Tuesday, November 11, 2008

Obama, please avoid the Ritter model

Professor Paul Light in today's Washington Post advises the President-elect,

Obama would be wise to recognize these limits on his first-year agenda. Instead of throwing a super-size agenda at Congress, he should start with a few tightly focused progressive initiatives that will whet the political appetite for more. His best opportunity for a grand agenda may not be 2009 but 2013. By proving that he can develop a focused agenda, implement it successfully and challenge the status quo in doing so, he can set the stage for his own Great Society. Staying small in Year One may lay the foundation for going large in Year Five. Think new New Frontier for now.

This may come as a surprise to Professor Light but our Presidents serve but four years at a time and are not guaranteed a second term. This type of small bore, hold on until the second term strategy is exactly what has left our current governor floundering. You cannot bank political capital, it simply vanishes if you do not use it. In 2006 Ritter was elected in a landslide and voters gave him expanded Democratic majorities in the legislature. He took that capital and proceeded to punt on health care reform, pass on transportation planning and nibble around the edges of education reform. In the past year the governor has seen the voters goodwill evaporate, his polling has plummeted from 70% approval to just over 50%. This past election the governor made a personal appeal to voters for passage of Amendment 58 and the voters roundly rejected him.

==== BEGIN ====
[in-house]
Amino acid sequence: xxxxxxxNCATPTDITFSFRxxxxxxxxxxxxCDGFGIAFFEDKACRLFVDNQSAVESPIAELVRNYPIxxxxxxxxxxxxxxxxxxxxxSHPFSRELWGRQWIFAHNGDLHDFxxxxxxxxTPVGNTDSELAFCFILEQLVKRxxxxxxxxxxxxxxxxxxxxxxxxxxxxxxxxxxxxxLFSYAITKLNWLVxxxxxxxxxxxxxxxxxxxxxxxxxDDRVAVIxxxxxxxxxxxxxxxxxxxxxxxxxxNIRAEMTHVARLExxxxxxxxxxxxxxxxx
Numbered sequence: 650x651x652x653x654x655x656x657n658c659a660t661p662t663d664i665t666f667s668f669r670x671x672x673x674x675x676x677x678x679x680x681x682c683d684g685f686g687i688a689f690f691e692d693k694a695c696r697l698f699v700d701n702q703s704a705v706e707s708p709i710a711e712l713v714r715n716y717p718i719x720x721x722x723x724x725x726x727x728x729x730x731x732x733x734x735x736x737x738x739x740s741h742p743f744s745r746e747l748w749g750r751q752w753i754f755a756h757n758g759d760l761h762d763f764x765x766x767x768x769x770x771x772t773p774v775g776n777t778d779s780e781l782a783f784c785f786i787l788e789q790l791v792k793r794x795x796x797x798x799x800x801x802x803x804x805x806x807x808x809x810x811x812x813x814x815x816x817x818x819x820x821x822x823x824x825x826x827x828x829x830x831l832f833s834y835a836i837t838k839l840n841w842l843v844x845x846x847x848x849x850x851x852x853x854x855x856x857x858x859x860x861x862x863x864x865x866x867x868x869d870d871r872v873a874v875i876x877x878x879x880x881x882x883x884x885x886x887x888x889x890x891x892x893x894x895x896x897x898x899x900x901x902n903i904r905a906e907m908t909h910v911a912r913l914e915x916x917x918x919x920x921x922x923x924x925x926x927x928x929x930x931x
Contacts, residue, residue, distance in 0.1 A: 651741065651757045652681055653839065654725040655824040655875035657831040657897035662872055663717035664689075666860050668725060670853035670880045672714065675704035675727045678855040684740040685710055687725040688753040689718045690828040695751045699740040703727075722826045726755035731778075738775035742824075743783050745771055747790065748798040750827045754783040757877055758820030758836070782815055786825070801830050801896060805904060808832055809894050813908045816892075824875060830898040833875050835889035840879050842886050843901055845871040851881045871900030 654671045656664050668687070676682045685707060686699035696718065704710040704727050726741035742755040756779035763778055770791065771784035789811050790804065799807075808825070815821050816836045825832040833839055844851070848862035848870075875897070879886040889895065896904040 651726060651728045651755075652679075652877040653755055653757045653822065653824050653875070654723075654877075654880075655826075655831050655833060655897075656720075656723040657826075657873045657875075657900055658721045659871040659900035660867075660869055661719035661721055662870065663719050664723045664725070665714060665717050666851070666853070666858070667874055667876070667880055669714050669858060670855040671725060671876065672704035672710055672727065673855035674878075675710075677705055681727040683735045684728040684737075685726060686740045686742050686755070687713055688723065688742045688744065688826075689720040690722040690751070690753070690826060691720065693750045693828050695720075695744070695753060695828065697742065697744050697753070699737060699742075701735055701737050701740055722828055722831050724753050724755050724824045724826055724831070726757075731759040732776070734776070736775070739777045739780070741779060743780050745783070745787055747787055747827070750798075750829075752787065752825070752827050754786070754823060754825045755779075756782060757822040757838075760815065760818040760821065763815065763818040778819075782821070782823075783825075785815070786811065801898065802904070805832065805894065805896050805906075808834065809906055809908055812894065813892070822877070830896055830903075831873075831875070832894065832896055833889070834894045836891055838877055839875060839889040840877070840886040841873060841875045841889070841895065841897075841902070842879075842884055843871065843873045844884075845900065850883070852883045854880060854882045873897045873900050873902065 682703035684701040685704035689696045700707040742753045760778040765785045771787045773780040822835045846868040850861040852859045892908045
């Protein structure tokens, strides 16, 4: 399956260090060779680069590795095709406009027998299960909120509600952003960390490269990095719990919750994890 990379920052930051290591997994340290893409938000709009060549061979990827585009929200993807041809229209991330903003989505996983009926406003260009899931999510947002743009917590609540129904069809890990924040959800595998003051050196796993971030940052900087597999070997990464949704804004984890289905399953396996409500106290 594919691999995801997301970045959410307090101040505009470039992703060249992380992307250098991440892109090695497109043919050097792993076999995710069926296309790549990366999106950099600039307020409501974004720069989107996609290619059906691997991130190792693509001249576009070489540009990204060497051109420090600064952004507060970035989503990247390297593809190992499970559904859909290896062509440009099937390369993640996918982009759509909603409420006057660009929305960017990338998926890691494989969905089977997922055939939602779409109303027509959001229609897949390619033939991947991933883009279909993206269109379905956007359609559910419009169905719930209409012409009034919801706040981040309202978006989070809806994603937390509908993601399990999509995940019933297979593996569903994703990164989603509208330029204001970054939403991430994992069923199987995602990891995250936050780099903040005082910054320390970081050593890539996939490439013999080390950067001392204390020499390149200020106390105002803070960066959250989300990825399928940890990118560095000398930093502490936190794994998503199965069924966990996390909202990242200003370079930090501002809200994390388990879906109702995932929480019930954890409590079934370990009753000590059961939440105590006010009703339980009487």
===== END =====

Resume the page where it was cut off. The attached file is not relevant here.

Barack Obama should not be planning to make his bold and liberal stand in 2013. He should cash in on his big win and the mood of the country to launch an aggressive agenda now. Here's Paul Krugman yesterday,

The political lesson is that economic missteps can quickly undermine an electoral mandate. Democrats won big last week — but they won even bigger in 1936, only to see their gains evaporate after the recession of 1937-38. Americans don’t expect instant economic results from the incoming administration, but they do expect results, and Democrats’ euphoria will be short-lived if they don’t deliver an economic recovery.

The economic lesson is the importance of doing enough. F.D.R. thought he was being prudent by reining in his spending plans; in reality, he was taking big risks with the economy and with his legacy. My advice to the Obama people is to figure out how much help they think the economy needs, then add 50 percent. It’s much better, in a depressed economy, to err on the side of too much stimulus than on the side of too little.

In short, Mr. Obama’s chances of leading a new New Deal depend largely on whether his short-run economic plans are sufficiently bold. Progressives can only hope that he has the necessary audacity.

Krugman is exactly right. Delaying a bold agenda is the far riskier strategy - both for Obama and the nation.

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